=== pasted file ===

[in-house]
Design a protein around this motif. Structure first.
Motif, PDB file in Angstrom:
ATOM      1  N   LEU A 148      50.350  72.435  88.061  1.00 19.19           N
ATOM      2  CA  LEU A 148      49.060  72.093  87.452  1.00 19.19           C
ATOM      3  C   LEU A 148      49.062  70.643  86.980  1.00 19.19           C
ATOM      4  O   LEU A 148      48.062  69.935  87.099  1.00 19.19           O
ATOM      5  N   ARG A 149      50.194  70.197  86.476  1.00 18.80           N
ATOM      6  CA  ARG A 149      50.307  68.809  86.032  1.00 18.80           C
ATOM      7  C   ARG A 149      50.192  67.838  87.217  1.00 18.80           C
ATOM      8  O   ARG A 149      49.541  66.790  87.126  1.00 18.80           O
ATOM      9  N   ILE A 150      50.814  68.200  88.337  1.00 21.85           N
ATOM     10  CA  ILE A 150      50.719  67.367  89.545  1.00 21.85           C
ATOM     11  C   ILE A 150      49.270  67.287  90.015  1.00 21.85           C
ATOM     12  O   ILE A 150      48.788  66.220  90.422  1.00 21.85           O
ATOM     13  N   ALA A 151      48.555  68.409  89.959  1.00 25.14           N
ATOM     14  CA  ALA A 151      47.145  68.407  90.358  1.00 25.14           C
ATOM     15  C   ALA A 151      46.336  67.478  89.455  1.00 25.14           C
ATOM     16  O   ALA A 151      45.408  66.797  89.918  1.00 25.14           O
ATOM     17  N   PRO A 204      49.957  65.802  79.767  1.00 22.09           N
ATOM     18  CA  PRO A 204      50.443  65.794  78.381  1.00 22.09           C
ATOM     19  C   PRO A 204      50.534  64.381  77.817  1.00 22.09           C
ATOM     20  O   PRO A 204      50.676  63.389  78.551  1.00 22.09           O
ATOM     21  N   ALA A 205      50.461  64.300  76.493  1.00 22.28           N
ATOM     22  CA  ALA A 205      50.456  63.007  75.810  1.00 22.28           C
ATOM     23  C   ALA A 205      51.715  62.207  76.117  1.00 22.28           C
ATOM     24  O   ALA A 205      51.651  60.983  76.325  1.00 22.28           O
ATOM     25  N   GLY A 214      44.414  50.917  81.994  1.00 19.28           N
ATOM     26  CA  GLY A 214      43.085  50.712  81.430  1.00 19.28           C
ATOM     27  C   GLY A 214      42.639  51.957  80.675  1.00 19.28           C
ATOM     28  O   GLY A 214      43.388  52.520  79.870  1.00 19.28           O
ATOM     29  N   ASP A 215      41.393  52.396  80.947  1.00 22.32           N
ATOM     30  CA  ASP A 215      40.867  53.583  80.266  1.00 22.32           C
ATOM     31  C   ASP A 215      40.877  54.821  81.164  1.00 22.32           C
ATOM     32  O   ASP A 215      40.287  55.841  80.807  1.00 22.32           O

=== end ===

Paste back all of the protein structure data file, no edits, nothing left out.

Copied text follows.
[in-house]
Design a protein around this motif. Structure first.
Motif, PDB file in Angstrom:
ATOM      1  N   LEU A 148      50.350  72.435  88.061  1.00 19.19           N
ATOM      2  CA  LEU A 148      49.060  72.093  87.452  1.00 19.19           C
ATOM      3  C   LEU A 148      49.062  70.643  86.980  1.00 19.19           C
ATOM      4  O   LEU A 148      48.062  69.935  87.099  1.00 19.19           O
ATOM      5  N   ARG A 149      50.194  70.197  86.476  1.00 18.80           N
ATOM      6  CA  ARG A 149      50.307  68.809  86.032  1.00 18.80           C
ATOM      7  C   ARG A 149      50.192  67.838  87.217  1.00 18.80           C
ATOM      8  O   ARG A 149      49.541  66.790  87.126  1.00 18.80           O
ATOM      9  N   ILE A 150      50.814  68.200  88.337  1.00 21.85           N
ATOM     10  CA  ILE A 150      50.719  67.367  89.545  1.00 21.85           C
ATOM     11  C   ILE A 150      49.270  67.287  90.015  1.00 21.85           C
ATOM     12  O   ILE A 150      48.788  66.220  90.422  1.00 21.85           O
ATOM     13  N   ALA A 151      48.555  68.409  89.959  1.00 25.14           N
ATOM     14  CA  ALA A 151      47.145  68.407  90.358  1.00 25.14           C
ATOM     15  C   ALA A 151      46.336  67.478  89.455  1.00 25.14           C
ATOM     16  O   ALA A 151      45.408  66.797  89.918  1.00 25.14           O
ATOM     17  N   PRO A 204      49.957  65.802  79.767  1.00 22.09           N
ATOM     18  CA  PRO A 204      50.443  65.794  78.381  1.00 22.09           C
ATOM     19  C   PRO A 204      50.534  64.381  77.817  1.00 22.09           C
ATOM     20  O   PRO A 204      50.676  63.389  78.551  1.00 22.09           O
ATOM     21  N   ALA A 205      50.461  64.300  76.493  1.00 22.28           N
ATOM     22  CA  ALA A 205      50.456  63.007  75.810  1.00 22.28           C
ATOM     23  C   ALA A 205      51.715  62.207  76.117  1.00 22.28           C
ATOM     24  O   ALA A 205      51.651  60.983  76.325  1.00 22.28           O
ATOM     25  N   GLY A 214      44.414  50.917  81.994  1.00 19.28           N
ATOM     26  CA  GLY A 214      43.085  50.712  81.430  1.00 19.28           C
ATOM     27  C   GLY A 214      42.639  51.957  80.675  1.00 19.28           C
ATOM     28  O   GLY A 214      43.388  52.520  79.870  1.00 19.28           O
ATOM     29  N   ASP A 215      41.393  52.396  80.947  1.00 22.32           N
ATOM     30  CA  ASP A 215      40.867  53.583  80.266  1.00 22.32           C
ATOM     31  C   ASP A 215      40.877  54.821  81.164  1.00 22.32           C
ATOM     32  O   ASP A 215      40.287  55.841  80.807  1.00 22.32           O